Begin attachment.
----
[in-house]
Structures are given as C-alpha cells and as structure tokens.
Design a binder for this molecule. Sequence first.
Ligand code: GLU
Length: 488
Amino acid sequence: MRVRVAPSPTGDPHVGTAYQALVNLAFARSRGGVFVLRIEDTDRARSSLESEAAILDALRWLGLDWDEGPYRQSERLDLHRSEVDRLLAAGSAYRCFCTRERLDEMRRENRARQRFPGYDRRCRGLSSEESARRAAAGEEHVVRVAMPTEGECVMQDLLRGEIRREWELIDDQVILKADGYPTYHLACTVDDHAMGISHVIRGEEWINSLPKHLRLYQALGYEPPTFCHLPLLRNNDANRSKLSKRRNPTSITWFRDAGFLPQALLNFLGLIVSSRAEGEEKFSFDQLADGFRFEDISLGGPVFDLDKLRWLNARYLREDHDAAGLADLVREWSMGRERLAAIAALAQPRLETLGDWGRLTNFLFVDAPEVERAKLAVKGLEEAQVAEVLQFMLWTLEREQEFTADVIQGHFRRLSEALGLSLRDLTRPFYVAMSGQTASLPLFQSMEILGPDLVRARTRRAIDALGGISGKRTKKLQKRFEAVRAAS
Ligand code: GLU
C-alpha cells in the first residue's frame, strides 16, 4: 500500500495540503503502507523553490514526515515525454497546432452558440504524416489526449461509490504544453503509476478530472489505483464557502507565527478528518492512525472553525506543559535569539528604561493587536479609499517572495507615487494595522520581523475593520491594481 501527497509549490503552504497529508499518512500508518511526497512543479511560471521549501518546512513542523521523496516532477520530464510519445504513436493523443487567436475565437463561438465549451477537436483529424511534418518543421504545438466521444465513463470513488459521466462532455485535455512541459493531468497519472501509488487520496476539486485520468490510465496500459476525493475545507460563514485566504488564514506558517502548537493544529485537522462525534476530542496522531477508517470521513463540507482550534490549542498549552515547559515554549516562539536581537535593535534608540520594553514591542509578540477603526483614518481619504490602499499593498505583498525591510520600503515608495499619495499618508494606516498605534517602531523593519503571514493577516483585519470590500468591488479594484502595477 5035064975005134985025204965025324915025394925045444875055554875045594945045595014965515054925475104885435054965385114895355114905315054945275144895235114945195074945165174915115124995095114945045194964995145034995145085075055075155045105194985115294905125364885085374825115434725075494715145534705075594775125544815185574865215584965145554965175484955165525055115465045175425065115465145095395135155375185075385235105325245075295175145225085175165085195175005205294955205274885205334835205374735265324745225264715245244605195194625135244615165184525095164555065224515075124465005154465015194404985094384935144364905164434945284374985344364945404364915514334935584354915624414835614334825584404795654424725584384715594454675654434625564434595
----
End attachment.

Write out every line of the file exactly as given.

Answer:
[in-house]
Structures are given as C-alpha cells and as structure tokens.
Design a binder for this molecule. Sequence first.
Ligand code: GLU
Length: 488
Amino acid sequence: MRVRVAPSPTGDPHVGTAYQALVNLAFARSRGGVFVLRIEDTDRARSSLESEAAILDALRWLGLDWDEGPYRQSERLDLHRSEVDRLLAAGSAYRCFCTRERLDEMRRENRARQRFPGYDRRCRGLSSEESARRAAAGEEHVVRVAMPTEGECVMQDLLRGEIRREWELIDDQVILKADGYPTYHLACTVDDHAMGISHVIRGEEWINSLPKHLRLYQALGYEPPTFCHLPLLRNNDANRSKLSKRRNPTSITWFRDAGFLPQALLNFLGLIVSSRAEGEEKFSFDQLADGFRFEDISLGGPVFDLDKLRWLNARYLREDHDAAGLADLVREWSMGRERLAAIAALAQPRLETLGDWGRLTNFLFVDAPEVERAKLAVKGLEEAQVAEVLQFMLWTLEREQEFTADVIQGHFRRLSEALGLSLRDLTRPFYVAMSGQTASLPLFQSMEILGPDLVRARTRRAIDALGGISGKRTKKLQKRFEAVRAAS
Ligand code: GLU
C-alpha cells in the first residue's frame, strides 16, 4: 500500500495540503503502507523553490514526515515525454497546432452558440504524416489526449461509490504544453503509476478530472489505483464557502507565527478528518492512525472553525506543559535569539528604561493587536479609499517572495507615487494595522520581523475593520491594481 501527497509549490503552504497529508499518512500508518511526497512543479511560471521549501518546512513542523521523496516532477520530464510519445504513436493523443487567436475565437463561438465549451477537436483529424511534418518543421504545438466521444465513463470513488459521466462532455485535455512541459493531468497519472501509488487520496476539486485520468490510465496500459476525493475545507460563514485566504488564514506558517502548537493544529485537522462525534476530542496522531477508517470521513463540507482550534490549542498549552515547559515554549516562539536581537535593535534608540520594553514591542509578540477603526483614518481619504490602499499593498505583498525591510520600503515608495499619495499618508494606516498605534517602531523593519503571514493577516483585519470590500468591488479594484502595477 5035064975005134985025204965025324915025394925045444875055554875045594945045595014965515054925475104885435054965385114895355114905315054945275144895235114945195074945165174915115124995095114945045194964995145034995145085075055075155045105194985115294905125364885085374825115434725075494715145534705075594775125544815185574865215584965145554965175484955165525055115465045175425065115465145095395135155375185075385235105325245075295175145225085175165085195175005205294955205274885205334835205374735265324745225264715245244605195194625135244615165184525095164555065224515075124465005154465015194404985094384935144364905164434945284374985344364945404364915514334935584354915624414835614334825584404795654424725584384715594454675654434625564434595